We chose Charlotte because we wanted a setting that would help us share our values and vision for this country. We believe that here in America, everyone should get a fair shot, everyone should do their fair share, and everyone should play by the same set of rules.
In this election, Americans face the clearest choice we’ve seen of any time in the last generation: We can tell folks they’re on their own and return to the failed policies that led us into the gravest economic crisis since the Great Depression. Or we can say that we’re all in this together and continue on the path to recovery that we’ve begun.
We can reward companies that open new plants and create new jobs here in the United States. We can double our exports and create a million new manufacturing jobs in the next four years. We can reform our tax code so that it’s simple and fair. We can invest in clean energy like wind, solar, clean coal and natural gas. We can recruit 100,000 math and science teachers in the next 10 years, help 2 million workers learn new skills at a community college, and work with colleges and universities to cut the growth of tuition costs in half in the next decade. And we can use the money we’ll no longer be spending on war to pay down our debt and put more people back to work rebuilding our roads, bridges, schools and runways.
Our vision is grounded in the belief that hard work should pay off, responsibility should be rewarded, and no matter where you come from or what you look like or who you love, you should be able to build a decent life for yourself and an even better one for your kids. That’s what this election is about.
And Charlotte, we can’t thank you enough for helping us share that story last week. What started with 30,000 people celebrating together at CarolinaFest on Labor Day and continued through three evenings at Time Warner Cable Arena could not have happened without your energy and dedication. So from the bottom of our hearts, thank you all for being so generous, caring, and hospitable. We simply couldn’t have asked for a better host city.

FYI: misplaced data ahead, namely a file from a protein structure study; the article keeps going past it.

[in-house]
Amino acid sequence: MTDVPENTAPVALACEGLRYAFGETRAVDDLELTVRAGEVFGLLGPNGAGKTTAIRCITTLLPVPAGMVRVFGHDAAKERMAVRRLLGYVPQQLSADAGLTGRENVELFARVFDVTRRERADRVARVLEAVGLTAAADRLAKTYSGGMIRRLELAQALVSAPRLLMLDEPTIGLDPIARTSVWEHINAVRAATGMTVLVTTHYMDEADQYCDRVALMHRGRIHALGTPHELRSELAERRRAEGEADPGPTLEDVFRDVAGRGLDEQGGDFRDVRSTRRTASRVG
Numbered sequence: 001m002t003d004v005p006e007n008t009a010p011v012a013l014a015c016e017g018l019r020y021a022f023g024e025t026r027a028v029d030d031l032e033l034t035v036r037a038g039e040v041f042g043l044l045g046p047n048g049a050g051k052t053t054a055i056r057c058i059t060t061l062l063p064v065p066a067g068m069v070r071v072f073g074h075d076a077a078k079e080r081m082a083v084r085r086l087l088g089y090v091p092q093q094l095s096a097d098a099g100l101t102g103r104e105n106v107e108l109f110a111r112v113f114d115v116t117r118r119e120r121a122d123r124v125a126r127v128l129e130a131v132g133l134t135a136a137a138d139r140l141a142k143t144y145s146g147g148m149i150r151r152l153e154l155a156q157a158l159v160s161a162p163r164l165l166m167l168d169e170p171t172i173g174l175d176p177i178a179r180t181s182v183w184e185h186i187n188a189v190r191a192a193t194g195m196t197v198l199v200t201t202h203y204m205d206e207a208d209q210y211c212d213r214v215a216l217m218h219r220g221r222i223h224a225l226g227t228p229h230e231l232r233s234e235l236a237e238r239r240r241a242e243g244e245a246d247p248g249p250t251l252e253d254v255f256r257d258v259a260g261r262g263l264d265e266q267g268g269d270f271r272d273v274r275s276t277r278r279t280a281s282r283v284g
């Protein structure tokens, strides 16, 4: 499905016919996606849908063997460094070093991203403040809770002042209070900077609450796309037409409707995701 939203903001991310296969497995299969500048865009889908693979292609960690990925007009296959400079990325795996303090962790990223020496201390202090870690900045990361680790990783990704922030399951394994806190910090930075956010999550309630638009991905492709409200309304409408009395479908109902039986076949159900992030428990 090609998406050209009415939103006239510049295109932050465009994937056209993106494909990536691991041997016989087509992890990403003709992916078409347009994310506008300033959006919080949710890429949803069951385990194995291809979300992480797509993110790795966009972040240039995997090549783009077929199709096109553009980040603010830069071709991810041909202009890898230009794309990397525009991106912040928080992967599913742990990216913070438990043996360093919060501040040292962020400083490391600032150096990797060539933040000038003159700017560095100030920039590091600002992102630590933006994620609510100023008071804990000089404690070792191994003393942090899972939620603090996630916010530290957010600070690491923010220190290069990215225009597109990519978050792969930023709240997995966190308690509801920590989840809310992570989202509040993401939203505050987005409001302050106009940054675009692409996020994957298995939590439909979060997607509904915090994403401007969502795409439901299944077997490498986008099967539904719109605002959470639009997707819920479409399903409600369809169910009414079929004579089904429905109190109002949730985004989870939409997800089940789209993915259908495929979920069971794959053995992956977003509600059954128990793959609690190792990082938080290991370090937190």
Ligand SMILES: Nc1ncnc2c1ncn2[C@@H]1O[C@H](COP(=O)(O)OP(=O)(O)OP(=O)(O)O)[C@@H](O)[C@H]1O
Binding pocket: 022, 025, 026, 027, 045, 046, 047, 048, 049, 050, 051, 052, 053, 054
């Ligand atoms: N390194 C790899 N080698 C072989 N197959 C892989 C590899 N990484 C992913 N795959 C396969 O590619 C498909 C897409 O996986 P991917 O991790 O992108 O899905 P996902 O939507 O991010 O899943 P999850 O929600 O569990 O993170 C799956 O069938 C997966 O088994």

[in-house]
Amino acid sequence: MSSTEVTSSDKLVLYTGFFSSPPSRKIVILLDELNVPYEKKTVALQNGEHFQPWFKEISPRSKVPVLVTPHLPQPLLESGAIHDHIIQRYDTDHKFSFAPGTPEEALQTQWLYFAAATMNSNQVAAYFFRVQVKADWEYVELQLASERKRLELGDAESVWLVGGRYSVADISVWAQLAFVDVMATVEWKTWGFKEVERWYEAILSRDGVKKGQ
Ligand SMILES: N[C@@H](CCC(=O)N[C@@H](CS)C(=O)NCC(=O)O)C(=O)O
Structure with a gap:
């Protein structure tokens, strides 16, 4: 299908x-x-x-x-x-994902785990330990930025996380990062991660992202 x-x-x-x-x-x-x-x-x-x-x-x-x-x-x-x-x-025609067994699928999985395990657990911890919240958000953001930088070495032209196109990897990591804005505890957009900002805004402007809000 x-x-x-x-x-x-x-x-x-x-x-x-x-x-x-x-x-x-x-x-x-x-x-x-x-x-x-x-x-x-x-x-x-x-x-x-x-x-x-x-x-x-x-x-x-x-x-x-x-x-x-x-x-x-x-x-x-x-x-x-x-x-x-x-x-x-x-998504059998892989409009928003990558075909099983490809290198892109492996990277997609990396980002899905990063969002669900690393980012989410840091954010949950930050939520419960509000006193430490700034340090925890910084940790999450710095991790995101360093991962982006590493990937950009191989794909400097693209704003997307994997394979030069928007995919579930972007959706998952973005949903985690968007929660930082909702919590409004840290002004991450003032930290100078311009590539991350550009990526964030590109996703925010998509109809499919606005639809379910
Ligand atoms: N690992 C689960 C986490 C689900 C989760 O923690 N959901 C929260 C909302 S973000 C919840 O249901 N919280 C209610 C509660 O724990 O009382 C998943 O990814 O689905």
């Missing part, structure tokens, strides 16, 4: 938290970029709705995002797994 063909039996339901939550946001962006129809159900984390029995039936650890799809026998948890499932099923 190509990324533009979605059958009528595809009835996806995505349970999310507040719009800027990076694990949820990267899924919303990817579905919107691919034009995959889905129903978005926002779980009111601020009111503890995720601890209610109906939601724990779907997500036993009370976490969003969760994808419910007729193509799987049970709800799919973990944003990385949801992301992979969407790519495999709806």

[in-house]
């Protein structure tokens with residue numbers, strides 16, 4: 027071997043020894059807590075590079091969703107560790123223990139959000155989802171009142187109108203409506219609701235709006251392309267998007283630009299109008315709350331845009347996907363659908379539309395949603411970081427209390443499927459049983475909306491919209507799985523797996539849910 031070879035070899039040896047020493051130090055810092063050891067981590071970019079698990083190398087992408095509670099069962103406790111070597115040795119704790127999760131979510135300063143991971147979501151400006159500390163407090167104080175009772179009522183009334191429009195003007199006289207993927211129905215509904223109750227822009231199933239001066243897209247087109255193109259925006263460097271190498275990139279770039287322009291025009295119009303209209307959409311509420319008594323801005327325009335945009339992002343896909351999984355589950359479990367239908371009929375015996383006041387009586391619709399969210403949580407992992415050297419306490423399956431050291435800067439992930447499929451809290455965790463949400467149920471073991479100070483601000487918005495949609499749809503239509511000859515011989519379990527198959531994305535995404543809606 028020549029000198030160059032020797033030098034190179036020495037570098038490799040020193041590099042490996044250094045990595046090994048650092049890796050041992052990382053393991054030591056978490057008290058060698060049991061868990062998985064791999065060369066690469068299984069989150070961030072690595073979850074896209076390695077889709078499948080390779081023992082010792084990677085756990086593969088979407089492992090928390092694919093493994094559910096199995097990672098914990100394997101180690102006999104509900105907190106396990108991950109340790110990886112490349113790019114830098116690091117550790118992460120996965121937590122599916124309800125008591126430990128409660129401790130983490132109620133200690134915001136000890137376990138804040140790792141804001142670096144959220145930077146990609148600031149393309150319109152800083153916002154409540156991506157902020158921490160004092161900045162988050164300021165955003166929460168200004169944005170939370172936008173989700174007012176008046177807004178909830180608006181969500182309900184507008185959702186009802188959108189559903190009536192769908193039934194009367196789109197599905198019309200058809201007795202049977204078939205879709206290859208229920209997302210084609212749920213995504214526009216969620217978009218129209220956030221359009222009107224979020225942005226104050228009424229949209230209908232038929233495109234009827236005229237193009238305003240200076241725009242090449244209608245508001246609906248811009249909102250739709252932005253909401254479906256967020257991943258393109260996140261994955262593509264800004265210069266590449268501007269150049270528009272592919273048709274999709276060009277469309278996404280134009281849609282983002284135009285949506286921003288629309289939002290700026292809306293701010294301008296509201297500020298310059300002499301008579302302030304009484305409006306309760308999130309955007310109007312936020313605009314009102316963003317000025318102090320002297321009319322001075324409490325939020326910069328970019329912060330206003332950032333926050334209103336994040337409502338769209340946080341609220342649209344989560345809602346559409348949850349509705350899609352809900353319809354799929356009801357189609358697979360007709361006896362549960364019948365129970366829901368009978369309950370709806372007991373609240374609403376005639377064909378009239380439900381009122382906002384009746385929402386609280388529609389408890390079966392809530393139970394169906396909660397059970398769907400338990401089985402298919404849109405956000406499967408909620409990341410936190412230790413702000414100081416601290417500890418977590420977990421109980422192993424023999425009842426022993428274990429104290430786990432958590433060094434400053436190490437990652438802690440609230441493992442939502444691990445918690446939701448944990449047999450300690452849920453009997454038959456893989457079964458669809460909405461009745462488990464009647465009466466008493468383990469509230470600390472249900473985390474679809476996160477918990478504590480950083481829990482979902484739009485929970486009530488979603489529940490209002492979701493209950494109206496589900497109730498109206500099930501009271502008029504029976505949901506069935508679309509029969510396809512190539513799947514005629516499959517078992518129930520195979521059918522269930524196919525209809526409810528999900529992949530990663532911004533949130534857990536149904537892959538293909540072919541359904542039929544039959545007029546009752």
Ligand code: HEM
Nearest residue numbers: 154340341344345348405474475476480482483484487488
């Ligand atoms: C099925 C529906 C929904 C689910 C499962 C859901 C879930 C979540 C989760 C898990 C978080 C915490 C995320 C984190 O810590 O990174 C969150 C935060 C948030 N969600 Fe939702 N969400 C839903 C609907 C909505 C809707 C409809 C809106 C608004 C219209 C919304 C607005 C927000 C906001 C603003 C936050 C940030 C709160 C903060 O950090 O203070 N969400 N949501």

Read more here: http://www.charlotteobserver.com/2012/09/11/3522313/from-the-president-thank-you-charlotte.html#storylink=cpy#storylink=cpy
Thank you so much for being a part of the excitement in Charlotte—we truly regret that we can't all be together to watch the President speak tonight. That's why President Obama will be talking with you and others who have credentials for the convention today, September 6th, at 1:20 p.m. Eastern Time.
You can tune in to the call on this page at 1:20.
Update: If you're in Charlotte now and haven't gotten email instructions, you can email firstname.lastname@example.org to get information about Charlotte area watch parties
CHARLOTTE, Sept. 5, 2012 /PRNewswire-USNewswire/ -- The Democratic National Convention Committee (DNCC) today announced that convention programming, originally planned for Bank of America Stadium on Thursday, September 6, would be moved to Time Warner Cable Arena, the site of the first two days of the 2012 Democratic National Convention, due to severe weather forecasts. The DNCC also announced that President Barack Obama will address community credential holders in a conference call on Thursday. Call information will be emailed directly to community credential-holders.
“We have been monitoring weather forecasts closely and several reports predict thunderstorms in the area, therefore we have decided to move Thursday’s proceedings to Time Warner Cable Arena to ensure the safety and security of our delegates and convention guests,” said DNCC CEO Steve Kerrigan. The energy and enthusiasm for our convention in Charlotte has been overwhelming and we share the disappointment of over 65,000 people who signed up for community credentials to be there with the President in person. We encourage our community credential holders and Americans across the country to continue to come together with their friends and neighbors to watch and participate in history. The President will speak to these credential holders on a national conference call tomorrow afternoon, and we will work with the campaign to ensure that those unable to attend tomorrow’s event will be invited to see the President between now and election day.”
Definitely sad news for everyone excited to see Obama. I truly believe that the outdoor speech in Denver helped to win Colorado both 2008 and in 2010. The campaign is smart enough to know that they will need to make it up to these people.